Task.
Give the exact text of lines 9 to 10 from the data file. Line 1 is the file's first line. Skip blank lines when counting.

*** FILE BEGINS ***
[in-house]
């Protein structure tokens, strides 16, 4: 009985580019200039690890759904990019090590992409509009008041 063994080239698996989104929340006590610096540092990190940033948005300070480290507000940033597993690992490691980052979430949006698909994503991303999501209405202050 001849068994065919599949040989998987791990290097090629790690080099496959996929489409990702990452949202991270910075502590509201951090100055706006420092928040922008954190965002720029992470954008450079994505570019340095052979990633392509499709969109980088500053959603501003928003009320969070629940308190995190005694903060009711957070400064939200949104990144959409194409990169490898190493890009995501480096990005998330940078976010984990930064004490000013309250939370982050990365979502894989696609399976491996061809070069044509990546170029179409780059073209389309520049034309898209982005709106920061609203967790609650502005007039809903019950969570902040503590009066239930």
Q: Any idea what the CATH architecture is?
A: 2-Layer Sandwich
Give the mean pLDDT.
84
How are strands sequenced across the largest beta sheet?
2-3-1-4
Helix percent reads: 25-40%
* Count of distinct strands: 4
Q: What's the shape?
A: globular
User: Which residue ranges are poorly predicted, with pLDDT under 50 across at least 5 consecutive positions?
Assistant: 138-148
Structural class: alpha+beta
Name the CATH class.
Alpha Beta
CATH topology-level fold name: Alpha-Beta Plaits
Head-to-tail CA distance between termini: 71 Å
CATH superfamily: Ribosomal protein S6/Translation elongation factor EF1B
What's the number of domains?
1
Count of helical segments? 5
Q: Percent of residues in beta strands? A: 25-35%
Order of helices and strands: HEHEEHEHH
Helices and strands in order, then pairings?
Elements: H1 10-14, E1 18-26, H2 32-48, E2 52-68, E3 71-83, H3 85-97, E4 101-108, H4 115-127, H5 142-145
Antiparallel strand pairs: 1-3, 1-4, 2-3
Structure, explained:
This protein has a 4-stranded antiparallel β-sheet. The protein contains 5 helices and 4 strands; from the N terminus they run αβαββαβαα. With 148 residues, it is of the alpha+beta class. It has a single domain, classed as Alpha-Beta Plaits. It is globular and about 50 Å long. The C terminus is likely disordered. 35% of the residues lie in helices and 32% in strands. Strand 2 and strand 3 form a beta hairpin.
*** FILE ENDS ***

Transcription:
Helix percent reads: 25-40%
* Count of distinct strands: 4